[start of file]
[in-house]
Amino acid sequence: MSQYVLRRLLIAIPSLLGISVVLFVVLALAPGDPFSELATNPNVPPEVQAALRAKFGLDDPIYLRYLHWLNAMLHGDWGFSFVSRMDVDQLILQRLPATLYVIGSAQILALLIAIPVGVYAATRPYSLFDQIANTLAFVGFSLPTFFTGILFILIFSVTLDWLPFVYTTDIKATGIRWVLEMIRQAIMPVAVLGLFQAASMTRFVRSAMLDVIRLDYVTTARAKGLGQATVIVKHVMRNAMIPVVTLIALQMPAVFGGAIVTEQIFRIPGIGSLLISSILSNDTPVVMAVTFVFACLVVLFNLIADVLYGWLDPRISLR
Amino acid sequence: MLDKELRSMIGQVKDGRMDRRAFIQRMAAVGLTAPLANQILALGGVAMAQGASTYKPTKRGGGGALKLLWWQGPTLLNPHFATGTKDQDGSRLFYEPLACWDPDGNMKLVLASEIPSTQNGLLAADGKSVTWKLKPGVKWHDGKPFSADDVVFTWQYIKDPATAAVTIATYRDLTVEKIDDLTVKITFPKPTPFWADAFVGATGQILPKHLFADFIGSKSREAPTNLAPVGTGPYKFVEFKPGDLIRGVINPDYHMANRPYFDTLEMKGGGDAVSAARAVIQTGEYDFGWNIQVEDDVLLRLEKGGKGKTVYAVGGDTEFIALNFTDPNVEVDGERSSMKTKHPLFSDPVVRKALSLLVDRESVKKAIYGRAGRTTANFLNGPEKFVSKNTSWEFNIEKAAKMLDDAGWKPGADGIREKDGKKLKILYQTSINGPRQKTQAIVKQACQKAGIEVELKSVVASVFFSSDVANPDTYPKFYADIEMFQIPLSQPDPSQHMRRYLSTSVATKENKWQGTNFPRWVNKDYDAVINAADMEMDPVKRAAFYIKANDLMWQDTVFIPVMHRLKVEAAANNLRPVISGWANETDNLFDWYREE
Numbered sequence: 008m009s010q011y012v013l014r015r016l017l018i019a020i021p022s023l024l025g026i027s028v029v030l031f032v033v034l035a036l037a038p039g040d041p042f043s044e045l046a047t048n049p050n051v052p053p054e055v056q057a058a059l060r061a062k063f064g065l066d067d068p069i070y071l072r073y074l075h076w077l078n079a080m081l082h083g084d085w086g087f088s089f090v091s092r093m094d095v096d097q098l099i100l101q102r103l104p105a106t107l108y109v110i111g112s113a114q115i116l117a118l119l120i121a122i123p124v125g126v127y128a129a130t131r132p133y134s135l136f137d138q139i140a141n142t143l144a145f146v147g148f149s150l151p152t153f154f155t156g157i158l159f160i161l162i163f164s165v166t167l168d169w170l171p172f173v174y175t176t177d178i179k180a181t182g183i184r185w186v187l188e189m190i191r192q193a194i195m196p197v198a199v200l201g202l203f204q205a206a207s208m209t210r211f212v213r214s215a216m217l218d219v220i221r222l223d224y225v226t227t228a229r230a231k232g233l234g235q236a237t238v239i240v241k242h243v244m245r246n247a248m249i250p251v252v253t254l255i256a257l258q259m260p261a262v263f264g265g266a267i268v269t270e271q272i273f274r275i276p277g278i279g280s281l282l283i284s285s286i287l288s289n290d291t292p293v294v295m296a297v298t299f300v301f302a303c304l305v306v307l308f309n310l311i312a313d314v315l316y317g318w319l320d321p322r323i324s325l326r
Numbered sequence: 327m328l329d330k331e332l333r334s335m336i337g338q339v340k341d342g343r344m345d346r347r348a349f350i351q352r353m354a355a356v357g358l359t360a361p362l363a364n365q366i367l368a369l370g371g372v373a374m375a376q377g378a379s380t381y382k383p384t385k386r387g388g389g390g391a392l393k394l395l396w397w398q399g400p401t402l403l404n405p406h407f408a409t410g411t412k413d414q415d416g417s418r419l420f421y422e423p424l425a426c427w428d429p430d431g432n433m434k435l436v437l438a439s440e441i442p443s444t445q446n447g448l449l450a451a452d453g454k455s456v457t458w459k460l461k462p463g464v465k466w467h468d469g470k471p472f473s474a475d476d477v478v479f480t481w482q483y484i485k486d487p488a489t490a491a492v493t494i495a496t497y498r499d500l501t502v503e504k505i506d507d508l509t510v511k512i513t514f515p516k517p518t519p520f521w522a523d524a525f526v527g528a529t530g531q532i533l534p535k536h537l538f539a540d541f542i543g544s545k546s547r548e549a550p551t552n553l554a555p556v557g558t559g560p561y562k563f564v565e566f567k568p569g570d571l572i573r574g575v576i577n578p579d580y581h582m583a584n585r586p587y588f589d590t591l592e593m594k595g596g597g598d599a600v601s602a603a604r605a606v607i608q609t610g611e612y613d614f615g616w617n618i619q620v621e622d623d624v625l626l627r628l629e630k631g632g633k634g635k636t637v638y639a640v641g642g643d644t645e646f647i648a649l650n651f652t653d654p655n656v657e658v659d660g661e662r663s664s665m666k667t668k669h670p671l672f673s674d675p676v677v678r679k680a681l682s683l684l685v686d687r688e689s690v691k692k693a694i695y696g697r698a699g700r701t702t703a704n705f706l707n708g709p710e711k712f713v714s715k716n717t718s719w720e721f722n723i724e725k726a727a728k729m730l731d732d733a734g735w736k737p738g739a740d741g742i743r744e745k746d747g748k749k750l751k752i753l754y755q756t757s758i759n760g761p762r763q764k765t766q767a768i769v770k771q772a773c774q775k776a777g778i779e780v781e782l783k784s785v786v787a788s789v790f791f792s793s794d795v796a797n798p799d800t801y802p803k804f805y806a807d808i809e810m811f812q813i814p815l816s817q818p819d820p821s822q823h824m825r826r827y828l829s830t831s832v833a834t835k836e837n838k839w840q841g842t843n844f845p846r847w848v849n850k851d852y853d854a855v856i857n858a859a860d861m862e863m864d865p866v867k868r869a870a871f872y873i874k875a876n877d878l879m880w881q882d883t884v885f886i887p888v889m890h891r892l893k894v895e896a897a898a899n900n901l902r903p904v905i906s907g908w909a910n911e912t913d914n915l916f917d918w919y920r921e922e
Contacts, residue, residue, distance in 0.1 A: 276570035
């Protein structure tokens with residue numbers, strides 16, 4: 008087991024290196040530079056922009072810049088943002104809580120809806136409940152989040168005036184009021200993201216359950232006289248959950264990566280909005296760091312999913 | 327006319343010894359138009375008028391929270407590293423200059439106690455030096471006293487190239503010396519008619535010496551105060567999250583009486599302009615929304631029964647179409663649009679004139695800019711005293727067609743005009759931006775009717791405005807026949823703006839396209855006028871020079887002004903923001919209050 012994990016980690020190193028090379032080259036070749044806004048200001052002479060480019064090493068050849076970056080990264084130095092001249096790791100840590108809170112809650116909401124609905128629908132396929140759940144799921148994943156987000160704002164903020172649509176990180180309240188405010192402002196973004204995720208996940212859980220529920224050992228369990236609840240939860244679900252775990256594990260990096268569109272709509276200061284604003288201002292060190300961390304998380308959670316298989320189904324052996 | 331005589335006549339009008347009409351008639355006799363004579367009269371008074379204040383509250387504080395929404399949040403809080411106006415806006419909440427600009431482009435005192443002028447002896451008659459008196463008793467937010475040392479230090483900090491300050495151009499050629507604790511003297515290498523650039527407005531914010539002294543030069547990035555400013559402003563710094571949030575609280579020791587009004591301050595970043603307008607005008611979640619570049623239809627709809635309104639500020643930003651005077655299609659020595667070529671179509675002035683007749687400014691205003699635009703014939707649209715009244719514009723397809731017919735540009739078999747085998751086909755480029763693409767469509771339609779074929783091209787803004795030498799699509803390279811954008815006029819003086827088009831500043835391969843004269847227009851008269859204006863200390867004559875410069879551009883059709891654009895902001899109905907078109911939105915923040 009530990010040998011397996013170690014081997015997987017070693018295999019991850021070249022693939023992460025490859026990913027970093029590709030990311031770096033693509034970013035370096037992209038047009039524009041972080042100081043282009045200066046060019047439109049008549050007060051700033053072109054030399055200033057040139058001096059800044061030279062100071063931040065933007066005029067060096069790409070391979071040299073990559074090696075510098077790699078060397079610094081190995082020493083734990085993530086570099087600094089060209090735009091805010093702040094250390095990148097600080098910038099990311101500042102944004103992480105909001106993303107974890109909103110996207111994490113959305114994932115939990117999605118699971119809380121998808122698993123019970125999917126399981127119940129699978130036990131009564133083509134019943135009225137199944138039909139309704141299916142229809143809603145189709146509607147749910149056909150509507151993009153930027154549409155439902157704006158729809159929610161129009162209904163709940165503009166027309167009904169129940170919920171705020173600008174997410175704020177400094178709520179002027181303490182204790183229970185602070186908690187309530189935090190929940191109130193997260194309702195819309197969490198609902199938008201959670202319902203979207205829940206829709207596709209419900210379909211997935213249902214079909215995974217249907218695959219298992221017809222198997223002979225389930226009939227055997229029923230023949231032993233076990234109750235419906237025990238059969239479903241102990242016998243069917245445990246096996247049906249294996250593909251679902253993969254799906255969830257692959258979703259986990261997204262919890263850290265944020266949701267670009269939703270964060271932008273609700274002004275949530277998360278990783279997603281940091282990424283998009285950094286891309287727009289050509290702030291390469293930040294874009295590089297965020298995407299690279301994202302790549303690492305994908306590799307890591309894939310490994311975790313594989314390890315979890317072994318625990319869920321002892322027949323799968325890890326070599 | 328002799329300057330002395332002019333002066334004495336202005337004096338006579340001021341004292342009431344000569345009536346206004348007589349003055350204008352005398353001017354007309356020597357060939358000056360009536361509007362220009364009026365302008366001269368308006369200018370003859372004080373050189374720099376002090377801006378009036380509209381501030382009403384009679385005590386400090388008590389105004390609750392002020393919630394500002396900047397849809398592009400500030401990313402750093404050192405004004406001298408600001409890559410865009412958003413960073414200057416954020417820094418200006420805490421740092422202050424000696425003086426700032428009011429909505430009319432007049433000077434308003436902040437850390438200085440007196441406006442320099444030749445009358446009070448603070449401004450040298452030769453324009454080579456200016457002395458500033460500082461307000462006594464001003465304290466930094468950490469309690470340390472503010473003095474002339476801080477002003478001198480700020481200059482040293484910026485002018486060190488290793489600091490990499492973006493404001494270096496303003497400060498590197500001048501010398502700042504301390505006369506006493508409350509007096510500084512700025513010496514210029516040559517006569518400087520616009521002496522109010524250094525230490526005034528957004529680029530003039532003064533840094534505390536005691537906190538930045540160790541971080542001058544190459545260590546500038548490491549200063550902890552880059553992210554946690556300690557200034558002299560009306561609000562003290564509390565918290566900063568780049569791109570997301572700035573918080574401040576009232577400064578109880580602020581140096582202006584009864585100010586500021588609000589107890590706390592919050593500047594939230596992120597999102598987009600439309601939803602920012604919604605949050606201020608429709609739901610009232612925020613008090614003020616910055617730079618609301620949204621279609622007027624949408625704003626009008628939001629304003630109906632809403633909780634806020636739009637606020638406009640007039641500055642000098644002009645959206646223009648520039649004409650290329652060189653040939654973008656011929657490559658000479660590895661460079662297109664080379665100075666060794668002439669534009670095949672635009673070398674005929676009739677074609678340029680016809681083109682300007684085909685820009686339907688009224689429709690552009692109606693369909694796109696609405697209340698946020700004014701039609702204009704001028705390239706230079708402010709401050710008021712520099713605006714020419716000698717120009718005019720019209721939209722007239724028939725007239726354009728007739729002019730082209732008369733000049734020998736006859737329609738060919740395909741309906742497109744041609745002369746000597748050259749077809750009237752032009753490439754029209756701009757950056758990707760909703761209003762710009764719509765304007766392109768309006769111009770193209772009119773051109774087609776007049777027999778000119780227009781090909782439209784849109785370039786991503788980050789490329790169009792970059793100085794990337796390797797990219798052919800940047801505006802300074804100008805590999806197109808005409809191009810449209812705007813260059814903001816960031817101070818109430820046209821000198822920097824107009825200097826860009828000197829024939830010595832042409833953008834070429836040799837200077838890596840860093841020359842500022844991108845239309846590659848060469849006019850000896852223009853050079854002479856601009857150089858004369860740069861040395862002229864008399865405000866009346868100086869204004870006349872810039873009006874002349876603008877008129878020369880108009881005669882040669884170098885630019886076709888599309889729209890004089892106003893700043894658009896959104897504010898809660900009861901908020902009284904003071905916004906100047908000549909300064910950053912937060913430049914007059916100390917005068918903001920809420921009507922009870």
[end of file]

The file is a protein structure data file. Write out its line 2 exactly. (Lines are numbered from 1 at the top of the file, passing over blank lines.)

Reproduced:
Amino acid sequence: MSQYVLRRLLIAIPSLLGISVVLFVVLALAPGDPFSELATNPNVPPEVQAALRAKFGLDDPIYLRYLHWLNAMLHGDWGFSFVSRMDVDQLILQRLPATLYVIGSAQILALLIAIPVGVYAATRPYSLFDQIANTLAFVGFSLPTFFTGILFILIFSVTLDWLPFVYTTDIKATGIRWVLEMIRQAIMPVAVLGLFQAASMTRFVRSAMLDVIRLDYVTTARAKGLGQATVIVKHVMRNAMIPVVTLIALQMPAVFGGAIVTEQIFRIPGIGSLLISSILSNDTPVVMAVTFVFACLVVLFNLIADVLYGWLDPRISLR